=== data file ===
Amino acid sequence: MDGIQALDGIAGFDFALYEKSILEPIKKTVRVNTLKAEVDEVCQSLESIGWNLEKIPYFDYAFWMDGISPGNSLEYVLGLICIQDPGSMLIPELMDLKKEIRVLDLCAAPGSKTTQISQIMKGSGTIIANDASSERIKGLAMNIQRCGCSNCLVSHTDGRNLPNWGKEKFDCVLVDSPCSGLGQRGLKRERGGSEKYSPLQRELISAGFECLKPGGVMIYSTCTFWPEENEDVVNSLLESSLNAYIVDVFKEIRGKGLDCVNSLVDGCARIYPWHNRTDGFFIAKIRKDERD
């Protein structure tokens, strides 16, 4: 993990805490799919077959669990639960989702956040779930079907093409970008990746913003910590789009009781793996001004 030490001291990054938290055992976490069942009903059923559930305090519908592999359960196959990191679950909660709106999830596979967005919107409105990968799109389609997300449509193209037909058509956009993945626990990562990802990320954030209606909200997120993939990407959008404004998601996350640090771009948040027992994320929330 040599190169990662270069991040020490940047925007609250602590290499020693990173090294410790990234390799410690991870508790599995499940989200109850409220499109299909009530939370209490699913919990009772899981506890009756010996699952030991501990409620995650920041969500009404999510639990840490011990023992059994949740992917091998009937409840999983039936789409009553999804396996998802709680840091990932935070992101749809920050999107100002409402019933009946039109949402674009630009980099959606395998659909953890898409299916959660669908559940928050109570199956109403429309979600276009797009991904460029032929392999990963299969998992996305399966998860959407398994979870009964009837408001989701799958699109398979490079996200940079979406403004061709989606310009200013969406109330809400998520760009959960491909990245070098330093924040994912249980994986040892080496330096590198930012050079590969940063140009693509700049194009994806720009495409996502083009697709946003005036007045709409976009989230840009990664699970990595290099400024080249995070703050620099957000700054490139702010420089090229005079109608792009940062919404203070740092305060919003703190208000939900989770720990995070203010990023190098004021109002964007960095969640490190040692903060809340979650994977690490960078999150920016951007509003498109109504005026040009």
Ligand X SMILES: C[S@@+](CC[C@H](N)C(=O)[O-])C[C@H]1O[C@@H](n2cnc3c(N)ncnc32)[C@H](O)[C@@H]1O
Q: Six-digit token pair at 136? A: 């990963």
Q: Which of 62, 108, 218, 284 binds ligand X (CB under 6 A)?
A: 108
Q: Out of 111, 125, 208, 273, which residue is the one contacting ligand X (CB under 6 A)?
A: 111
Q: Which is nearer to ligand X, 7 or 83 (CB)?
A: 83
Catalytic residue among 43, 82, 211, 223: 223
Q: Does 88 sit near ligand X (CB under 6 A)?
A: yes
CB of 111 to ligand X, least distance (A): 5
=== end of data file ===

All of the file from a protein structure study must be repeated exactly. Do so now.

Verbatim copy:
Amino acid sequence: MDGIQALDGIAGFDFALYEKSILEPIKKTVRVNTLKAEVDEVCQSLESIGWNLEKIPYFDYAFWMDGISPGNSLEYVLGLICIQDPGSMLIPELMDLKKEIRVLDLCAAPGSKTTQISQIMKGSGTIIANDASSERIKGLAMNIQRCGCSNCLVSHTDGRNLPNWGKEKFDCVLVDSPCSGLGQRGLKRERGGSEKYSPLQRELISAGFECLKPGGVMIYSTCTFWPEENEDVVNSLLESSLNAYIVDVFKEIRGKGLDCVNSLVDGCARIYPWHNRTDGFFIAKIRKDERD
């Protein structure tokens, strides 16, 4: 993990805490799919077959669990639960989702956040779930079907093409970008990746913003910590789009009781793996001004 030490001291990054938290055992976490069942009903059923559930305090519908592999359960196959990191679950909660709106999830596979967005919107409105990968799109389609997300449509193209037909058509956009993945626990990562990802990320954030209606909200997120993939990407959008404004998601996350640090771009948040027992994320929330 040599190169990662270069991040020490940047925007609250602590290499020693990173090294410790990234390799410690991870508790599995499940989200109850409220499109299909009530939370209490699913919990009772899981506890009756010996699952030991501990409620995650920041969500009404999510639990840490011990023992059994949740992917091998009937409840999983039936789409009553999804396996998802709680840091990932935070992101749809920050999107100002409402019933009946039109949402674009630009980099959606395998659909953890898409299916959660669908559940928050109570199956109403429309979600276009797009991904460029032929392999990963299969998992996305399966998860959407398994979870009964009837408001989701799958699109398979490079996200940079979406403004061709989606310009200013969406109330809400998520760009959960491909990245070098330093924040994912249980994986040892080496330096590198930012050079590969940063140009693509700049194009994806720009495409996502083009697709946003005036007045709409976009989230840009990664699970990595290099400024080249995070703050620099957000700054490139702010420089090229005079109608792009940062919404203070740092305060919003703190208000939900989770720990995070203010990023190098004021109002964007960095969640490190040692903060809340979650994977690490960078999150920016951007509003498109109504005026040009």
Ligand X SMILES: C[S@@+](CC[C@H](N)C(=O)[O-])C[C@H]1O[C@@H](n2cnc3c(N)ncnc32)[C@H](O)[C@@H]1O
Q: Six-digit token pair at 136? A: 């990963």
Q: Which of 62, 108, 218, 284 binds ligand X (CB under 6 A)?
A: 108
Q: Out of 111, 125, 208, 273, which residue is the one contacting ligand X (CB under 6 A)?
A: 111
Q: Which is nearer to ligand X, 7 or 83 (CB)?
A: 83
Catalytic residue among 43, 82, 211, 223: 223
Q: Does 88 sit near ligand X (CB under 6 A)?
A: yes
CB of 111 to ligand X, least distance (A): 5